Beneath the blades: the Industry of old helicopters

Deep in the industrial heart of Tilbury, there’s a small warehouse filled with partially dismantled helicopters. At first, it might seem like some kind of helicopter graveyard; a veritable chop shop in more ways than one. In reality, there’s window into a living, breathing industry here, where specializing in the sale of helicopter parts is the name of the game.

Enter Dave Bohonis, and his company: Rotorlink.

“I’ve been doing this for about 40 years now,” he tells me, as we sit in a mezzanine overlooking the Rotorlink warehouse. Below us, helicopter parts are arranged on shelves and in boxes. There’s no shortage of supply here. Four helicopters sit dormant in the main room, having been acquired by Rotorlink for dismantling and resale. Like some sort of rotary stockbroker, Bohonis has carefully crafted a system for buying helicopters the moment they are made available for purchase.

“Typically I’ll track aircraft sales,” he explains. “When I find out that some company is buying a new model of helicopter, that means to me that they’re selling off the old one.”

The result of his efforts is a system that allows Bohonis to keep Rotorlink safely in the industry updraft.

The helicopters themselves are packed side to side like sardines in the warehouse. For a business dealing in aircraft, there’s not exactly a lot of open air. In an industry like this, that just means business is booming.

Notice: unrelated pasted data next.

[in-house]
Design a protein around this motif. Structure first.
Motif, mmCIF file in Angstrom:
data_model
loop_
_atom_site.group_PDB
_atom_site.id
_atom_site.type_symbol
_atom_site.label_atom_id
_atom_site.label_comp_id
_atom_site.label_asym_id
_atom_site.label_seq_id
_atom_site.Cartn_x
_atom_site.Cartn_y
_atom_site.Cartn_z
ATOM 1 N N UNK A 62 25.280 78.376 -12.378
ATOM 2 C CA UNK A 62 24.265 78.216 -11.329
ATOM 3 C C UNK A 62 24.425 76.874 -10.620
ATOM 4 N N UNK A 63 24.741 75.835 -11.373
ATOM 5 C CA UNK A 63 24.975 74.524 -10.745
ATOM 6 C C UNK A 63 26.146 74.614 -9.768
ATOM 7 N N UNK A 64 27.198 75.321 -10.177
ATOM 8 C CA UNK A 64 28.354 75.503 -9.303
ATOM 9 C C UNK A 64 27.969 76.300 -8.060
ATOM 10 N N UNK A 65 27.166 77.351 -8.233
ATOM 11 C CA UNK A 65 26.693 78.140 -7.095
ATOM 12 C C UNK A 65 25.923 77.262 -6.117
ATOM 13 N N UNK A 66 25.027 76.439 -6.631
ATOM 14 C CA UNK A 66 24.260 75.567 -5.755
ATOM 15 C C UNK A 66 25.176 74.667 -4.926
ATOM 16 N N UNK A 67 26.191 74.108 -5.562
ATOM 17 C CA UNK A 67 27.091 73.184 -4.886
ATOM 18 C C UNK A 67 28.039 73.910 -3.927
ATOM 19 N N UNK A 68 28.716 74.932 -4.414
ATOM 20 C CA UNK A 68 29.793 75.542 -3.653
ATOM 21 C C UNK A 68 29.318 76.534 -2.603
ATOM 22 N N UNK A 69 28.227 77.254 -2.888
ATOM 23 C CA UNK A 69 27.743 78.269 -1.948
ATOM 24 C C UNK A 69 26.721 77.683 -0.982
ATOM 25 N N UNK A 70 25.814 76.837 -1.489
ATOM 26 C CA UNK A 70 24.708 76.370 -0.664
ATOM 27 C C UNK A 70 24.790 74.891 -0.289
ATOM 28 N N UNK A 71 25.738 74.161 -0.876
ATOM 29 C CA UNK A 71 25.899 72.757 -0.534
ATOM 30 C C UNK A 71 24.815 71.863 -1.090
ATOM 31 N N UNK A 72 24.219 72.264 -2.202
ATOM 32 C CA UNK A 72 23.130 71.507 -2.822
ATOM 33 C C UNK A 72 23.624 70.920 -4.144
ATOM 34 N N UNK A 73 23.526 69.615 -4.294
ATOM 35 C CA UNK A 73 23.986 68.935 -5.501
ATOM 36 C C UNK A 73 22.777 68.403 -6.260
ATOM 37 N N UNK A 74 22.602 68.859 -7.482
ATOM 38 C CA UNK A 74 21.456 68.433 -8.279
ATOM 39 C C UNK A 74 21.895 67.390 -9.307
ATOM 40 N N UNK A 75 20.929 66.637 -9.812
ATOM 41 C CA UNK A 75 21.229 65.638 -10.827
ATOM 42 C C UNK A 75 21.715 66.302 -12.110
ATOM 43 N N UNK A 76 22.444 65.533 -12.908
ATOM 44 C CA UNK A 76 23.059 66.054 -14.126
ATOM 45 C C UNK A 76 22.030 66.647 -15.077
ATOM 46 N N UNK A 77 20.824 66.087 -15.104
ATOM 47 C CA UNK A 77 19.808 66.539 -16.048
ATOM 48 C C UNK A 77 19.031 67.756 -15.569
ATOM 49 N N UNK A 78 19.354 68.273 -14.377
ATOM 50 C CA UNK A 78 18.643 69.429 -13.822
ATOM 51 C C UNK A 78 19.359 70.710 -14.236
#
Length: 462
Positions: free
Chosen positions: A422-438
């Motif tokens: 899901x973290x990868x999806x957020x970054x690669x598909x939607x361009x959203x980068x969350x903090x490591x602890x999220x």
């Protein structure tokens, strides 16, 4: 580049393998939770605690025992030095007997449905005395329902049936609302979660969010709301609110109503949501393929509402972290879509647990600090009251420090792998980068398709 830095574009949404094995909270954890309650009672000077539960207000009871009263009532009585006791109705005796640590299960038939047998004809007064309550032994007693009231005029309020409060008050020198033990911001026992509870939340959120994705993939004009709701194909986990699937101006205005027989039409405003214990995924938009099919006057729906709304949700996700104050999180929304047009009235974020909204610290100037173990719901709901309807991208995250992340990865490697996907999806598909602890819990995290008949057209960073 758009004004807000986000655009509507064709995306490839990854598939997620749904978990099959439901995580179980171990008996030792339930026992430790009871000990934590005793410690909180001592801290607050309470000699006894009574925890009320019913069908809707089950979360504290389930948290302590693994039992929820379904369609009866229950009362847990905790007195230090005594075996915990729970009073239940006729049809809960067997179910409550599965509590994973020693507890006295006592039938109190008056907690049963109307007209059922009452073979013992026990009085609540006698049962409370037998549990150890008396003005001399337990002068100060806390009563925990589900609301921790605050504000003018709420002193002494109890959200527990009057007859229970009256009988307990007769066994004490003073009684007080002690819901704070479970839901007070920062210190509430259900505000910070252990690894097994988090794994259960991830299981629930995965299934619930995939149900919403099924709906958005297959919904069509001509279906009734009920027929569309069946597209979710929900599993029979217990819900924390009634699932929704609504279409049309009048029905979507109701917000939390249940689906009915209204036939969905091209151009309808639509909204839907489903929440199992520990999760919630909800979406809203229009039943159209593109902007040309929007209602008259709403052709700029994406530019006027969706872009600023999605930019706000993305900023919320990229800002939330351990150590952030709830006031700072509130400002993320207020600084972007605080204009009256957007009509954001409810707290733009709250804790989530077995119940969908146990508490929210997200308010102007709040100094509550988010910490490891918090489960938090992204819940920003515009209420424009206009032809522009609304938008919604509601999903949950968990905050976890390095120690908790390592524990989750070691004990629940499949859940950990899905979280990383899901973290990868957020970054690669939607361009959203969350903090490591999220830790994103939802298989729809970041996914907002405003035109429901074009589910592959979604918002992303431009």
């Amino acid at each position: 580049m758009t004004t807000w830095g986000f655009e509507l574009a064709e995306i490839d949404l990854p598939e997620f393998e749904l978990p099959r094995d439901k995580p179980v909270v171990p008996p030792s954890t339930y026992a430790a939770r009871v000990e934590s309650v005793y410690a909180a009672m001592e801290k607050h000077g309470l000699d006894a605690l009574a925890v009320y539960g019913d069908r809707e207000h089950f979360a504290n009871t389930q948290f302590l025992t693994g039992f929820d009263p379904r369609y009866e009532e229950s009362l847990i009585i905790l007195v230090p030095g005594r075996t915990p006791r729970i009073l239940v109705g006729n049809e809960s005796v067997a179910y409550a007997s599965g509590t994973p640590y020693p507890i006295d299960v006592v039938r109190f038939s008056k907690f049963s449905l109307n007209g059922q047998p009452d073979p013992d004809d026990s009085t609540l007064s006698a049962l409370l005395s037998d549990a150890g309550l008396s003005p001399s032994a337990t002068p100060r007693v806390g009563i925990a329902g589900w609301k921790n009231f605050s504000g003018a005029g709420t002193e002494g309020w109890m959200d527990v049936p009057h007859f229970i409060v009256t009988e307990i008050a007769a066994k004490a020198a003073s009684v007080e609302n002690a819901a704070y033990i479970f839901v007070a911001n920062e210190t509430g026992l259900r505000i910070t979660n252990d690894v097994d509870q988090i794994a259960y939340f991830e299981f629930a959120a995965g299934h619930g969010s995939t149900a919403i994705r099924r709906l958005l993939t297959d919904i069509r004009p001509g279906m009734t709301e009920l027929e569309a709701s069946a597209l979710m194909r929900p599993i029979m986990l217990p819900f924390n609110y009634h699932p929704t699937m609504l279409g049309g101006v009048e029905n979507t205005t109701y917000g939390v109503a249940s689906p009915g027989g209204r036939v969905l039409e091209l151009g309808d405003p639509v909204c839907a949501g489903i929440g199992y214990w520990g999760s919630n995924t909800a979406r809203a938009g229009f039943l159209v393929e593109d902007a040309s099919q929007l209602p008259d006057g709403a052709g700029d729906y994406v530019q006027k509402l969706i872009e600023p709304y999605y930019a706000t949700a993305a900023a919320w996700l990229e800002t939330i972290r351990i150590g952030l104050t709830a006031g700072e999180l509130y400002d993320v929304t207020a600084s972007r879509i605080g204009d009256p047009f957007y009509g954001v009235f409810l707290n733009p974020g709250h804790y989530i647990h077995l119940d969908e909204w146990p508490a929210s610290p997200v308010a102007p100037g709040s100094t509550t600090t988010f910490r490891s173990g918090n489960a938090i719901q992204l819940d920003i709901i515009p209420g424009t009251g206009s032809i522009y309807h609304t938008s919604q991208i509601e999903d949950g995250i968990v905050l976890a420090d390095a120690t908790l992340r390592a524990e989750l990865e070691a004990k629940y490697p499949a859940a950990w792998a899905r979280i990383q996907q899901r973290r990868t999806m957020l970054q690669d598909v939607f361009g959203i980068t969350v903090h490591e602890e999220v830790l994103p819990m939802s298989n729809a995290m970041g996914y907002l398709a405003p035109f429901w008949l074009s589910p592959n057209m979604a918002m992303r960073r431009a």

But with so many helicopters on display, who’s buying?

While non-disclosure agreements mask some of the more curious clients, the typical customer buys helicopter parts simply for maintenance.

Still, there’s no time or place for cruise control in this business. The hardest part of his job, as Bohonis puts it, is getting that “network of people that are selling their stuff, knowing where to find it, and buying it right.” A system like this has been four decades in the making, and having the right suppliers on your radar is a necessity here. A system geared towards quick, competitive purchases is what sets Rotorlink apart from the various other helicopter suppliers in the game.

With other options for helicopter suppliers, including the makers themselves, getting involved in such a unique industry is nothing short of exhausting. For Rotorlink to survive at all in such a turbulent economy is no small feat. With a mere four employees under their banner, the task might seem like madness to some. However, for a company to dig its roots in for six years and counting, it’s clear that someone must have a trick up their sleeve. As it turns out, the trump card in question belongs to Bohonis.

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